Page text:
Some people wonder how honest you have to be when writing about yourself and your life. They fear that if they veer from the exact events, that they will be lying. This depends on your point of view. I try to be as truthful as possible in my poems, but the problem with being utterly truthful is that you may not be comfortable letting other people read your poetry, especially those who might be involved in the events. In reviewing my old poems the other day, I came across one that I know would be very hurtful to a friend if I released it, so I left it sitting on my hard drive, unread by the world. I could fictionalize it a little more but in the end I would rather keep it private and let it be true than change so I could publish it.

There is no doubt that writing about yourself comes with a certain degree of personal risk, but I believe the reward is worth the risk. Not only do you get to process the events of your life, but with luck you get an interesting character to write about.

Today’s Poetry Assignment

Write about moment in which you changed your opinion about something. It could be something important, or something minor. The change is important. We often hold beliefs for years and years, only to find that a small change in circumstances alters everything.

If you are writing your poems somewhere other than this site’s comments, please take a moment to let us know you did the assignment and how you felt about it.

Write a poem about something you gave away as a child – 31p31d

Something given...

Something given…

Entry 1 in 31 poems in 31 days…

Where Poetry Came From

As long as there has been language, there has been poetry. Most of the earliest surviving texts were written in verse, but the poetic tradition stretches back to before the days of the written word, when stories and history were passed down orally using storytellers who used such devices as meter, rhyme and alliteration to ease the task or remembering and reciting tales that in many cases took days to tell.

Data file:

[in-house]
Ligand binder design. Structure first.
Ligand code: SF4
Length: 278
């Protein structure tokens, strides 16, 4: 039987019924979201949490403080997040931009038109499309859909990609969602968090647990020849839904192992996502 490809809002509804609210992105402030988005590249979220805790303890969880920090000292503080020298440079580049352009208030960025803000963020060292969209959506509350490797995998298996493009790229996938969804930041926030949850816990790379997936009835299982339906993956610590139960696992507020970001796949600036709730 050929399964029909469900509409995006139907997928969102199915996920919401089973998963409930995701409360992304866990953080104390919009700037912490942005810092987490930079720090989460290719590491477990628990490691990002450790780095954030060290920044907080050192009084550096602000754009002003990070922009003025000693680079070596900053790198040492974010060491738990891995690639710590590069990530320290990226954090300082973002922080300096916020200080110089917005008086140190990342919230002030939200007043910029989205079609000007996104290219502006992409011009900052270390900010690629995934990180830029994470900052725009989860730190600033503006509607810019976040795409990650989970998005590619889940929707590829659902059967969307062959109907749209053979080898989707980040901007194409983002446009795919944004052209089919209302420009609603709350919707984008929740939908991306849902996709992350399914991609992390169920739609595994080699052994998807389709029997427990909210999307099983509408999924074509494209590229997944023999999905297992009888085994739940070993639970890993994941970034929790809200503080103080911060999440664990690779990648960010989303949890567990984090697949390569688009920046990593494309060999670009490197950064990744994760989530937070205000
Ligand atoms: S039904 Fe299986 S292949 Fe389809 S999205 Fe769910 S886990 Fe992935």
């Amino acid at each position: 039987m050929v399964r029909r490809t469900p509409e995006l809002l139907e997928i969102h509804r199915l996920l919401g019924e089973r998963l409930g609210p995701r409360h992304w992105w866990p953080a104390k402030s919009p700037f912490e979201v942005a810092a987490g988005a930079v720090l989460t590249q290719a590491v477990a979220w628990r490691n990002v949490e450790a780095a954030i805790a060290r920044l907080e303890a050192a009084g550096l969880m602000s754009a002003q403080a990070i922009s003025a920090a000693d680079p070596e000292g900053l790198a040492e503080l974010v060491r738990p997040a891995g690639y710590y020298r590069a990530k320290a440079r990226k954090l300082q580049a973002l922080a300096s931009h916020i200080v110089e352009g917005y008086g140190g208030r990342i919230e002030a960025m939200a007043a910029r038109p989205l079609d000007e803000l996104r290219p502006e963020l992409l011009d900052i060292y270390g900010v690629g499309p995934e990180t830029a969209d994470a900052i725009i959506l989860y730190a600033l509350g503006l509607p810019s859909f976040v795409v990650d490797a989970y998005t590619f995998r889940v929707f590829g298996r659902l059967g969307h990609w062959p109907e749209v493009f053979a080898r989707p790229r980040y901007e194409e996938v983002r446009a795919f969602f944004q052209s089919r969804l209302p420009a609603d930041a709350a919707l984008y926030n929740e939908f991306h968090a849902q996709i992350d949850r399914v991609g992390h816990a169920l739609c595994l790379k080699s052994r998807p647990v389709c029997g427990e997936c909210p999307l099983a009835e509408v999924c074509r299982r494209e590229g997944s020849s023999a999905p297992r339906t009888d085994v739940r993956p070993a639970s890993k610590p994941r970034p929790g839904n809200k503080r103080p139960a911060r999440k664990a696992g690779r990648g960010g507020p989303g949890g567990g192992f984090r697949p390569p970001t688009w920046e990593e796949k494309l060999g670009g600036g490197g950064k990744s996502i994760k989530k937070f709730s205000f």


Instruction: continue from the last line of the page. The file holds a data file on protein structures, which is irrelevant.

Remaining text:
The Evolution of Poetry

Over the years, history has become an academic pursuit rooted far more in prose than in verse. The age of the epic poem has passed. A book length poem is an anomaly these days. Poems tend to be shorter and less structured than in earlier times. Poetry forms are rarely used and such poetic devices as rhyme and alliteration have fallen out of favor, especially in the English Language, which lacks some of the lyrical qualities of languages such as Italian, Spanish and French.

For Love, Not Money

Poetry, in today’s world is at best a minor niche in the writing industry. Best selling books of poetry are few and far between. The major markets are dominated by fiction, self help, political and business books. Most new books of poetry sell fewer than a thousand copies and those that reach the tens of thousands are considered highly successful. This is a standard that falls far short of the fiction market, for which you need to sell a half a million books to be considered successful. Most book publishers don’t even publish poetry anymore. Those that do so continue to do it mainly out of a love for poetry rather than an expectation of profits.

A Small World

Poetry is not, however, without its fans. There is a small but thriving poetry community. If you live in a city of reasonable size, chances are that you can find at least one poetry reading happening in a given week. There are also poetry festivals and poetry slams (competitive poetry events) that take place in some communities. The Internet is also a thriving place for poets, with the blogging format making it easy for the average person to publish their poetry quickly and easily.

Just Like Chess Fans

Poetry is not a business. Your chances of making a living as a professional poet are about the same as your chances of making a living as a professional chess player. Both are activities that many people enjoy doing, but very few people pay to see. The only difference is that it is relatively easy to prove whether or not you are a good chess player, but whether or not you are a good poet is a much more subjective question.

Why You Should Write

The point I am getting at, in a very roundabout way, is that the best reason to write poetry is because it is something you enjoy doing or at least it is something you get some sort of emotional or spiritual benefit from doing. There is no other good reason to write poetry. If you want to be rich or famous, you’ve come to the wrong field. If you want to express yourself and join a small but thriving community of people who like to do the same, poetry is one way to go. If you love to write poetry, do it. Always try to improve, but don’t worry about whether you are “good enough” or if you “have what it takes” because poetry is about the journey far more than the result.

Today’s Poetry Assignment

Write a poem about something you gave away when you were a child or when you no longer felt like you were a child. Try to think of an object that had some emotional significance to you. Avoid a description of how you felt about the event then or how you feel about it now. Try to make the significance of the event come through in your descriptions of the item and the cause of giving it way.

Feel free to post your poem in the comments or on your own site with a link back to here. This will give other people the opportunity to read your poem.